# Lecture 6: Symmetric-Key Encryption

## Intro to Block Ciphers

As we'll see later in the class, everytime you use the internet you're using block ciphers! The most common block cipher used today is called AES which we'll discuss in a bit.

Fun fact: Prof. Wagner was part of the team that came up with a block cipher called TwoFish which was one of the top 5 block cipher designs chosen internationally when NIST was attempting to find a standard.

## Random Functions and Permutations

(True/False) A Gaussian distribution is considered random

How many bits would it take to represent a truth table of a random permutation with input length of n bits?

## Block Cipher Security

What does a block cipher need to computationally indistinguishable from in order to be considered secure? (Computationally indistinguishable means an efficient (ie. polynomial time) attacker can't distinguish)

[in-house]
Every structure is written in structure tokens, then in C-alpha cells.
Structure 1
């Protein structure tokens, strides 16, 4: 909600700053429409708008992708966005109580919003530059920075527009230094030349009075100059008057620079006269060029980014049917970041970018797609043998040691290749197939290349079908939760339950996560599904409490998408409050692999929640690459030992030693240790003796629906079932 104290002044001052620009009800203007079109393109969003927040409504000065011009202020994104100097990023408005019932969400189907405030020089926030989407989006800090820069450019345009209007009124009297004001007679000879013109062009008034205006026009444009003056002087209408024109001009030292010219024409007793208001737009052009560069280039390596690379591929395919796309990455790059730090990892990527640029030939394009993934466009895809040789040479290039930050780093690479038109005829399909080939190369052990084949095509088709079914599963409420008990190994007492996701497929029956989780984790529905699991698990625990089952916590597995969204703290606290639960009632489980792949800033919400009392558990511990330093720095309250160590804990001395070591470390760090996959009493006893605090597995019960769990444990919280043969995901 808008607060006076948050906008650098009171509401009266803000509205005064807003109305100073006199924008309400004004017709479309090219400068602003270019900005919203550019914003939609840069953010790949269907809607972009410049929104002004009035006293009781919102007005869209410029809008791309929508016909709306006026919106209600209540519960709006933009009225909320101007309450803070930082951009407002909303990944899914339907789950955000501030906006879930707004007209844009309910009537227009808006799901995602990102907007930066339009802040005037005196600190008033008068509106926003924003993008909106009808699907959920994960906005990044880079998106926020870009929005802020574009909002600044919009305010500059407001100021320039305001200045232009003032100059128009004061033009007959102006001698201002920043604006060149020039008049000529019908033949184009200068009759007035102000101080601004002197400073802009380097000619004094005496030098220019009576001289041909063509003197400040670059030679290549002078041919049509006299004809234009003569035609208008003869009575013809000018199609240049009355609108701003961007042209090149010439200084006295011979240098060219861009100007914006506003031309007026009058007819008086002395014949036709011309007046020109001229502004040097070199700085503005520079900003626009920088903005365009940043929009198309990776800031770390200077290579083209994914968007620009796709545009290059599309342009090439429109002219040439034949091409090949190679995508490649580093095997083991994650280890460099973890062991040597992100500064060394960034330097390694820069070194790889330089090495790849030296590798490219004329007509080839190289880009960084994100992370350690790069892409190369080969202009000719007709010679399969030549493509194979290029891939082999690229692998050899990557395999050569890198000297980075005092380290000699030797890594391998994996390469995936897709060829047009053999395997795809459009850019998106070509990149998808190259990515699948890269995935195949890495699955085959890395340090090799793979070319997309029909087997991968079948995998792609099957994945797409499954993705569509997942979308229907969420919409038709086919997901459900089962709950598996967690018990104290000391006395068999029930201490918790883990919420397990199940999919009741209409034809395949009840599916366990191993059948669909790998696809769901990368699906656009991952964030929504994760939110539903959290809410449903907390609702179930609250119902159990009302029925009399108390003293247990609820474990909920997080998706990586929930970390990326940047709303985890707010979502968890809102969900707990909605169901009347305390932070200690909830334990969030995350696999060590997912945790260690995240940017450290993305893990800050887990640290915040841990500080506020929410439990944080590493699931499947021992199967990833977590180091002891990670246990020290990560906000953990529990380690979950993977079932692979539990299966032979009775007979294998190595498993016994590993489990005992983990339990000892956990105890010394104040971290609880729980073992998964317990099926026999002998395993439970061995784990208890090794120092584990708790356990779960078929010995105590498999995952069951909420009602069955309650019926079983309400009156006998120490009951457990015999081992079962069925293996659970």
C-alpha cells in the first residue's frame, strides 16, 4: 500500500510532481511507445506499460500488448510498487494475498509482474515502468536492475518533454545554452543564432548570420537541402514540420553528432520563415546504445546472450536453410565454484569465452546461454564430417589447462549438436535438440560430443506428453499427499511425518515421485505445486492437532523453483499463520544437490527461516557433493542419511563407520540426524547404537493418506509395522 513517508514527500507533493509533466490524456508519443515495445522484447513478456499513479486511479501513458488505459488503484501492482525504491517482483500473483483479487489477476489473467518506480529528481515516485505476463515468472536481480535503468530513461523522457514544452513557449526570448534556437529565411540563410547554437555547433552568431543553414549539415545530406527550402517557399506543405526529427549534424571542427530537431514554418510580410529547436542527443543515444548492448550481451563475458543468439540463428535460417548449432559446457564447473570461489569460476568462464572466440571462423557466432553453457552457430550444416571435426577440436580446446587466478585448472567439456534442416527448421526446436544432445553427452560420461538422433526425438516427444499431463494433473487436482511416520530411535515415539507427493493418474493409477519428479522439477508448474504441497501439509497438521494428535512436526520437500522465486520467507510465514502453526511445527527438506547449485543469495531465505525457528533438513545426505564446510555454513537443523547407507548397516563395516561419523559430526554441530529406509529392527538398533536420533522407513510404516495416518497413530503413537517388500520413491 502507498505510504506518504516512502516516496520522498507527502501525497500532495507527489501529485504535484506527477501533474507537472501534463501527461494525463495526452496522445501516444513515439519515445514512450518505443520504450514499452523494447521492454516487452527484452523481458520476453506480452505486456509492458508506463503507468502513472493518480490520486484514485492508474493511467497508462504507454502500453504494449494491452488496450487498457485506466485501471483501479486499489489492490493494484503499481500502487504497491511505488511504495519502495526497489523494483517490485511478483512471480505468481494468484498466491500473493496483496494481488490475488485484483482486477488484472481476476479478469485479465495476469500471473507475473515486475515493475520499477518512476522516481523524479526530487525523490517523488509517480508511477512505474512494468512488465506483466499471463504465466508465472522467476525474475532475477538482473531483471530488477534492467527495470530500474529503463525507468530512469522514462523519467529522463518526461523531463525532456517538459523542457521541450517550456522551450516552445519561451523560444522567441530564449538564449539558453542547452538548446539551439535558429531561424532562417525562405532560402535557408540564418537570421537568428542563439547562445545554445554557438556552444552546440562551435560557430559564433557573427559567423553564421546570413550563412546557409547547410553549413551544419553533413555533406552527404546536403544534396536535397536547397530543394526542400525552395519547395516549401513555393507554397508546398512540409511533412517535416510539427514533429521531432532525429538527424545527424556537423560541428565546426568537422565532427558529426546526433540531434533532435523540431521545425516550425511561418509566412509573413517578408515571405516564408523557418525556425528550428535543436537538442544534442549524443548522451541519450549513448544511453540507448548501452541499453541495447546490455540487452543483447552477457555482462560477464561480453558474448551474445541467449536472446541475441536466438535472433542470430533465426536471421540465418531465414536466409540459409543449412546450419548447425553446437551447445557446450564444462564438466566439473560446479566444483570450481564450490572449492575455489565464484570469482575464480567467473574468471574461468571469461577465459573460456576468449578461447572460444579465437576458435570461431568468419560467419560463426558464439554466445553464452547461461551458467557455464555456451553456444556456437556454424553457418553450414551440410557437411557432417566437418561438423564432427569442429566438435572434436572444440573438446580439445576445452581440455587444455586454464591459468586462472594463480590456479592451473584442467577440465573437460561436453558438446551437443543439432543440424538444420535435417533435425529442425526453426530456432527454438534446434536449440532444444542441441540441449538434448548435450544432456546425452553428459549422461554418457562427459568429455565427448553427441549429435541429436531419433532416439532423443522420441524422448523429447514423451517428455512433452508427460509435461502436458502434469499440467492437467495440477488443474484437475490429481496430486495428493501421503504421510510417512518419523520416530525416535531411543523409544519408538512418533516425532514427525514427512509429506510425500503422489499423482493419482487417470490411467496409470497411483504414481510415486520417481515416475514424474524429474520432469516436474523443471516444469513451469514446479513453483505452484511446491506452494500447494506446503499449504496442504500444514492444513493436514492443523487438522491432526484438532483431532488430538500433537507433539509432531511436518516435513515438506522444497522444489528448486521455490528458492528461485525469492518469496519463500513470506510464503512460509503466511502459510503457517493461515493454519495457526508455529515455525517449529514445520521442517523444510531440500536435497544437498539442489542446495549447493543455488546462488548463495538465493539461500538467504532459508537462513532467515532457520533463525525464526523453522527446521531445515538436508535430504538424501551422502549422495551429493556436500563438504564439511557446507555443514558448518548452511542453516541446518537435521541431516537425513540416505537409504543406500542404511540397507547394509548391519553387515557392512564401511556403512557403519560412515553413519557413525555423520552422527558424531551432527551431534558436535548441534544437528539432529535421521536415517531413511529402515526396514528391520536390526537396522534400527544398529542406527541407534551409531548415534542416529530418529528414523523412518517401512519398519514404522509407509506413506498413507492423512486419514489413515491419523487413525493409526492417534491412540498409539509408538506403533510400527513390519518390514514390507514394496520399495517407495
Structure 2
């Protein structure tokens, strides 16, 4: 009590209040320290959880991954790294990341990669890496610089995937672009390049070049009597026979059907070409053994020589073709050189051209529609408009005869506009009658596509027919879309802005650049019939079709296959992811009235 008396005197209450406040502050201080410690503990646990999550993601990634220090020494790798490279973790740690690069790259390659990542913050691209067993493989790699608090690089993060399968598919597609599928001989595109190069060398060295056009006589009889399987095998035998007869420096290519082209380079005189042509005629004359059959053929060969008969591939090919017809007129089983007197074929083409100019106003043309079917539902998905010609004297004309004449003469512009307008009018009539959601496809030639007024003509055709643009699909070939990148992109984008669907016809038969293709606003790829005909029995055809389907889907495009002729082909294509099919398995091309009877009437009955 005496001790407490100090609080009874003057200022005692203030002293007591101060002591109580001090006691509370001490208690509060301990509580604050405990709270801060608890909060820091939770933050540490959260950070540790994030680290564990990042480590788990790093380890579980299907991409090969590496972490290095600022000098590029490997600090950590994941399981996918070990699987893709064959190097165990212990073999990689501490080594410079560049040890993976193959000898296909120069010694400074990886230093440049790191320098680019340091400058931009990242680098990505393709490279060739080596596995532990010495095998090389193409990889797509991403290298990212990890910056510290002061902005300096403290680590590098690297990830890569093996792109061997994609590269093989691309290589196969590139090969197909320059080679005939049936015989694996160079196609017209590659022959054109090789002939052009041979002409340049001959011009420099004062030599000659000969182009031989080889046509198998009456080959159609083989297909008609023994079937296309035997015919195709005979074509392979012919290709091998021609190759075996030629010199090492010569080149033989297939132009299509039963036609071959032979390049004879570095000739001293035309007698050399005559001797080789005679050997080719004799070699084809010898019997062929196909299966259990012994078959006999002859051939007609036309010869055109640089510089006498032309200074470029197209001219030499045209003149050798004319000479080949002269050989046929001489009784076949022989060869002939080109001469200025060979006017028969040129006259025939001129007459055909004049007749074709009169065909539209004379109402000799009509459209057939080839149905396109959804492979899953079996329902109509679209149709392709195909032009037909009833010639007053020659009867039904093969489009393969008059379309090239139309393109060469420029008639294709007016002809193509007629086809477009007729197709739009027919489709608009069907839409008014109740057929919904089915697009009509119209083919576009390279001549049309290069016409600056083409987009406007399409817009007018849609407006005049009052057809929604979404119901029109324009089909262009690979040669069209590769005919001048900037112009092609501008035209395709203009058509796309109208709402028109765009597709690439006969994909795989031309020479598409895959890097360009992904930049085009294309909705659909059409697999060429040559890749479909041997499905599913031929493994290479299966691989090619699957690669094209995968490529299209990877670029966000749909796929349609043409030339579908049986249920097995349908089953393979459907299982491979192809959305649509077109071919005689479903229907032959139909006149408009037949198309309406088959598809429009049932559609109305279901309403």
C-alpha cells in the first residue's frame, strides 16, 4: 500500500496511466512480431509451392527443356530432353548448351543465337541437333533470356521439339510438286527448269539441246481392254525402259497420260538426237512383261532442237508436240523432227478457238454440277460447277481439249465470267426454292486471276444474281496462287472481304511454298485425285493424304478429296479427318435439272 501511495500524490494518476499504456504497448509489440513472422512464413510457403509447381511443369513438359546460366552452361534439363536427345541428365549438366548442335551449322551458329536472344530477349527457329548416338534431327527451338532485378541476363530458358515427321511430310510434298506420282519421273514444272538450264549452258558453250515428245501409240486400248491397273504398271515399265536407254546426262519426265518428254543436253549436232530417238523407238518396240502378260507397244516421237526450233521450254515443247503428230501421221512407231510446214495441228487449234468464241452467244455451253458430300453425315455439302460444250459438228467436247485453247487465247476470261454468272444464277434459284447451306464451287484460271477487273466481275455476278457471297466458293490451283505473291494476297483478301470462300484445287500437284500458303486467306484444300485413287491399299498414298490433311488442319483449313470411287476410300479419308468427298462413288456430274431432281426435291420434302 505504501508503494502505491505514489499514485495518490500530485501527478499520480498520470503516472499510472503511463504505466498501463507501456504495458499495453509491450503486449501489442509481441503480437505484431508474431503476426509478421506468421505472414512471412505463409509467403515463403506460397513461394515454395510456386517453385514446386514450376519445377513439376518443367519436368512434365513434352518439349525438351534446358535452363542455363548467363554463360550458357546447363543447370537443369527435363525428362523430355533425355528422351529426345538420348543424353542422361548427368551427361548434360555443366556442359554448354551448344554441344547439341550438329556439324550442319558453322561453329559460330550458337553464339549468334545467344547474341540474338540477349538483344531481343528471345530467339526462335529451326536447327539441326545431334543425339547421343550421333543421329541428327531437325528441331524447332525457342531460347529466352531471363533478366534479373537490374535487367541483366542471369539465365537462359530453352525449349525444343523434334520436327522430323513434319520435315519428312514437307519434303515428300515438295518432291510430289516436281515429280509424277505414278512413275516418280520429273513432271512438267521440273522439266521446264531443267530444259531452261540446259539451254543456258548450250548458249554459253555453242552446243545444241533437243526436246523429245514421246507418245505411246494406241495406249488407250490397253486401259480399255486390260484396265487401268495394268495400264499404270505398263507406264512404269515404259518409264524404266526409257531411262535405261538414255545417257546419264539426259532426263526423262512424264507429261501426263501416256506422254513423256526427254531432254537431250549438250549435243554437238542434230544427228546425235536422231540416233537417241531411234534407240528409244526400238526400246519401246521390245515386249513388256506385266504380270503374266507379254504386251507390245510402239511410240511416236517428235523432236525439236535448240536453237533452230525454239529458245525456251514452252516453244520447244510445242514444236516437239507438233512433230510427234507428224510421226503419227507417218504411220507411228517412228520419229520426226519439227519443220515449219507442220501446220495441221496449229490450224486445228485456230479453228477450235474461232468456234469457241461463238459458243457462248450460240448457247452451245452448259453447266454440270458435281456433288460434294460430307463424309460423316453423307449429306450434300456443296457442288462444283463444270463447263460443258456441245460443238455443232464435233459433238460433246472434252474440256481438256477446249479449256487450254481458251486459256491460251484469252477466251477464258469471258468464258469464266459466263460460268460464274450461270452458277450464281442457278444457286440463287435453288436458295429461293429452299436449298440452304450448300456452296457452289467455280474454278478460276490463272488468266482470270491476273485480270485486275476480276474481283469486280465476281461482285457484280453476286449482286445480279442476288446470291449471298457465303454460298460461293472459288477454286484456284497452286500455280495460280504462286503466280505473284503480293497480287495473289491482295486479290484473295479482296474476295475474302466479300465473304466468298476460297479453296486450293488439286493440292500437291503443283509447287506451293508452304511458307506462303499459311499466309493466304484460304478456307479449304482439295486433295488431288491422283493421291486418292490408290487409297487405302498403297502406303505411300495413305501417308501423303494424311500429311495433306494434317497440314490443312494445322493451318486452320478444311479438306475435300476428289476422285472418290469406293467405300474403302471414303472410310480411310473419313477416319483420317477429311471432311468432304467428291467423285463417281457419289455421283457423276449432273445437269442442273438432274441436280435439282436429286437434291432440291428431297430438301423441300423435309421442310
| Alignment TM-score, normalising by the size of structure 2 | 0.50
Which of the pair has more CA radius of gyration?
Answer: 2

## Why Only Efficient Attackers?

Which input could an unbounded attacker brute force to win the block cipher distinguishing game?

## Information Leakage of a Block Cipher

If an adversary could learn first bit of M when given E(K, M) where E is encryption for a secure block cipher, how would this lead to a contradiction?

## Overview of AES

If you could prove a block cipher was unconditionally secure, what else would you likely prove in the process?

## ECB Mode

Which property of ECB Mode makes it not IND-CPA secure?

## CBC Mode

Which property must a block cipher have in order for CBC to be decryptable?

## CBC Security and Pseudo-Random Number Generators (PRNGs/PRGs)

What undesirable property would CBC mode have if we always picked the same IV?

Where might computer hardware get sources of weak randomness?

## CTR Mode

(True/False) CTR mode also relies on a block cipher being invertible in order to be decryptable

## CTR Security

(True/False) Like CBC mode, in CTR mode the nonce must be chosen randomly